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IGSCC Failure of Refractalloy 26 Turbine Bolts

[+] Author Affiliations
Fred V. Ellis

Tordonato Energy Consultants, Inc., Chattanooga, TN

Sebastian Tordonato

Tordonato Energy Consultants, Inc., Clifton, VA

Paper No. PVP2002-1313, pp. 83-89; 7 pages
doi:10.1115/PVP2002-1313
From:
  • ASME 2002 Pressure Vessels and Piping Conference
  • Fitness for Service Evaluations and Non-Linear Analysis
  • Vancouver, BC, Canada, August 5–9, 2002
  • Conference Sponsors: Pressure Vessels and Piping Division
  • ISBN: 0-7918-4653-9
  • Copyright © 2002 by ASME

abstract

Refractalloy 26 turbine bolt failures were discovered during refurbishment activities. Failure analysis was performed to determine the failure mechanism and to develop a comprehensive/plausible root cause of failure scenario. The failed bolts are used to attach the nozzle block to the nozzle chamber and were installed during the 1993/1994 overhaul of the turbine. The unit was retired in 1997 and had been in operational service approximately 40% of the time following the 1993/1994 overhaul. Fifty of the 53 broken bolts were located in the lower or bottom half of the turbine and a white deposit was found covering the nozzle block and two rows of the stationary blades adjacent to the nozzle block for the lower cylinder. Based on the fractographic and metallographic examinations, the damage features are: (1) numerous, branched, intergranular cracks that initiate at the stress concentrated regions of the transition radius from the head to uniform section of the bolt, and at the thread root, and (2) continuous, surface connected cracks that are filled with corrosion product. The failure mechanism was identified as intergranular stress corrosion cracking (IGSCC). The failures require contaminant ingress of typical boiler feedwater chemicals and carryover. Based on SEM and x-ray diffraction results, the probable contaminants are Na, P, S, and Cl and the failures result from carryover of either NaOH or di-sodium phosphate into the steam. Based on a review of operating history, two root cause failure scenarios were developed: (1) single acid contamination even followed by significant caustic corrective action, and (2) multiple upset events, termed “decreasing temperature excursions”, that typically occur during an increase in steam flow. Both scenarios require low steam flow (such as that found at low loads) in order to cause agglomeration of the contaminants at the bottom of the turbine. The actual events that caused the IGSCC damage are not definitively known. Nevertheless, corrective actions that eliminate carryover are expected to be effective in preventing any future SCC damage to the turbine.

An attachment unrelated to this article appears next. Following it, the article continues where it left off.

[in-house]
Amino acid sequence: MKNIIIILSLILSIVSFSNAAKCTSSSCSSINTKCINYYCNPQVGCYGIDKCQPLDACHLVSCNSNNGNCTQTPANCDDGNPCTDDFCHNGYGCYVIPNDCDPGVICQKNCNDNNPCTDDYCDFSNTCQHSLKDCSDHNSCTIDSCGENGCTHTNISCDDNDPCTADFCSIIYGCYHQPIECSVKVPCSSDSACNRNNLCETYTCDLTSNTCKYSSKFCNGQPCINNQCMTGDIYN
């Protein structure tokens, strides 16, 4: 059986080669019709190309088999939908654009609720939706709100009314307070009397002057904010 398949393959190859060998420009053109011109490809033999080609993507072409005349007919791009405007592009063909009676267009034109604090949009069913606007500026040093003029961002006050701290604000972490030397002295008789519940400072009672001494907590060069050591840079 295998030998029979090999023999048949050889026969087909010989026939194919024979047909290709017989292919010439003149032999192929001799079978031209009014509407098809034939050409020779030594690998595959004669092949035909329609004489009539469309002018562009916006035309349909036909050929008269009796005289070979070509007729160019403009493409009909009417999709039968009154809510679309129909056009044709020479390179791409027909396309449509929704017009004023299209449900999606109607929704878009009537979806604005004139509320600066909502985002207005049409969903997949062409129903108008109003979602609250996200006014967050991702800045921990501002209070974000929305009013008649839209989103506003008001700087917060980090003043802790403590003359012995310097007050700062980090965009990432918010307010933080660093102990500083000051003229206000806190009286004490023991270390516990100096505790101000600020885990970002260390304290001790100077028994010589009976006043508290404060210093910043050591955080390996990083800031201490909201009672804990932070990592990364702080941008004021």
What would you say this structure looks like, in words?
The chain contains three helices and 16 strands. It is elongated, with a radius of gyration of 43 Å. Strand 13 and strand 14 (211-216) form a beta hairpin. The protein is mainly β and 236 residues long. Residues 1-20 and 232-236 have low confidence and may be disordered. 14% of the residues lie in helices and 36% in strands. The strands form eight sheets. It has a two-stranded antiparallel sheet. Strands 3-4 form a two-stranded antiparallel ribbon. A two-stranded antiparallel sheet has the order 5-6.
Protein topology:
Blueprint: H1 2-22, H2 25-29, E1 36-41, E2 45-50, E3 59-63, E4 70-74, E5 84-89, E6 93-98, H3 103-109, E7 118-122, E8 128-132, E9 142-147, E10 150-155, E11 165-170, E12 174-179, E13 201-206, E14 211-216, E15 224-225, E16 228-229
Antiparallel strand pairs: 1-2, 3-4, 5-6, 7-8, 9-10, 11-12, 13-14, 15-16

Copyright © 2002 by ASME
Topics: Turbines , Failure

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